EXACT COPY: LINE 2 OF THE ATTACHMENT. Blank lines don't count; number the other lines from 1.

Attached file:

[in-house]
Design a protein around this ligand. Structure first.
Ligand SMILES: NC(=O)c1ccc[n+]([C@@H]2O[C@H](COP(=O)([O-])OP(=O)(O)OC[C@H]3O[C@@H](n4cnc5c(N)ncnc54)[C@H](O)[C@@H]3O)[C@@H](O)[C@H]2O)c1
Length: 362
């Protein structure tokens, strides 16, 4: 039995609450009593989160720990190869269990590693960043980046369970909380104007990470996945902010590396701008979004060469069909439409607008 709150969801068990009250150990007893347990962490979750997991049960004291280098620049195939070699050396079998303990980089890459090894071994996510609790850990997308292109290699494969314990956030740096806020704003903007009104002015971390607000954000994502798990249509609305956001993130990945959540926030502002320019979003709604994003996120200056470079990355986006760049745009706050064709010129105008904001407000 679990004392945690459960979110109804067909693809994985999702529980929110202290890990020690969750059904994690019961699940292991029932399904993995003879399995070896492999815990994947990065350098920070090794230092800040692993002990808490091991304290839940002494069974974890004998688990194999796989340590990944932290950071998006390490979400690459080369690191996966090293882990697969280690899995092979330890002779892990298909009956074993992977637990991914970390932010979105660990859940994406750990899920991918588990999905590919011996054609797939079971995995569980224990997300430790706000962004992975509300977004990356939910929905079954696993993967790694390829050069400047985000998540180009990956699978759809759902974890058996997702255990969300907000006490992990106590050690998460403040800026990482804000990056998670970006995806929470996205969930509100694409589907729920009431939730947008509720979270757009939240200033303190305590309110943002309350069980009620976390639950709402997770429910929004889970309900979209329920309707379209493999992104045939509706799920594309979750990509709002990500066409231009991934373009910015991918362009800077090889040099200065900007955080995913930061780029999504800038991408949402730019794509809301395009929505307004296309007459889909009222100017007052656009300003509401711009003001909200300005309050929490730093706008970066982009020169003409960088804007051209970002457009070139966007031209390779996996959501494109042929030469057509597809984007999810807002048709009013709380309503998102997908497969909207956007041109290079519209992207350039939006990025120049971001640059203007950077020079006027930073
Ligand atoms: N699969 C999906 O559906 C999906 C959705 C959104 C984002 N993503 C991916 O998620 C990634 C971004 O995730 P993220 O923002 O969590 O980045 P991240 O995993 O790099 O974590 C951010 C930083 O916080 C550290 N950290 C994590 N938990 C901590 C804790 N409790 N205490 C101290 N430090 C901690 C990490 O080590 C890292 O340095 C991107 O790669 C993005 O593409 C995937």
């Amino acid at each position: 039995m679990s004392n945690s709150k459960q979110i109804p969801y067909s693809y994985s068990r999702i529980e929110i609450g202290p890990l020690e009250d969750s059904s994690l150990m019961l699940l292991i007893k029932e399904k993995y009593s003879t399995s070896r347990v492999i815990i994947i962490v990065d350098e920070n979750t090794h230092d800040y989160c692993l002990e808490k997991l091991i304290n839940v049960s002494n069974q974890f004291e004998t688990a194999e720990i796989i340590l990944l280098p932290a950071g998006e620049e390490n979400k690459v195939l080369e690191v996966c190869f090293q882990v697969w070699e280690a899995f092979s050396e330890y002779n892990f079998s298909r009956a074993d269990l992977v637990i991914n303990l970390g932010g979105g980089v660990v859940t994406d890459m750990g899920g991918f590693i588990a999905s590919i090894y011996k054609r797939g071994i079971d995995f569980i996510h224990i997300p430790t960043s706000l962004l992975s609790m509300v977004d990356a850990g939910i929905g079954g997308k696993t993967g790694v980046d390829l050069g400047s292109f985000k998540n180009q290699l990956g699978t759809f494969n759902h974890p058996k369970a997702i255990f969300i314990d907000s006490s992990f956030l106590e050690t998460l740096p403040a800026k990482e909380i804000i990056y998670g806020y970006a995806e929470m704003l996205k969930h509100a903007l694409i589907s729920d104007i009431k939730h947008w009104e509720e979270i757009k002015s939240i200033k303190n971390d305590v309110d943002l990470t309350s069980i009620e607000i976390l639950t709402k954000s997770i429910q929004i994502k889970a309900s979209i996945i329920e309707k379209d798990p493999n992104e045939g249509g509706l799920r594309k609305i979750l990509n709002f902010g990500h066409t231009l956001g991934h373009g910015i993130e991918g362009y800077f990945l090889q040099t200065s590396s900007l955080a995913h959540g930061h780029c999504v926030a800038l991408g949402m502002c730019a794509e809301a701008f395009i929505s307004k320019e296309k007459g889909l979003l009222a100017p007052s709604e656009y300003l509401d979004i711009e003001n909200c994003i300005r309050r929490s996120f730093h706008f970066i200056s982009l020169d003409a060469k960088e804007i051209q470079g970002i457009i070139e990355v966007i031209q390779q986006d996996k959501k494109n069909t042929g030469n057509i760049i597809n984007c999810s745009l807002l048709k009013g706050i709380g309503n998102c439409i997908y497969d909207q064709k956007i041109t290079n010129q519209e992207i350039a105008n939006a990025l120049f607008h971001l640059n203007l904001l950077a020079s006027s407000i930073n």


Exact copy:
Design a protein around this ligand. Structure first.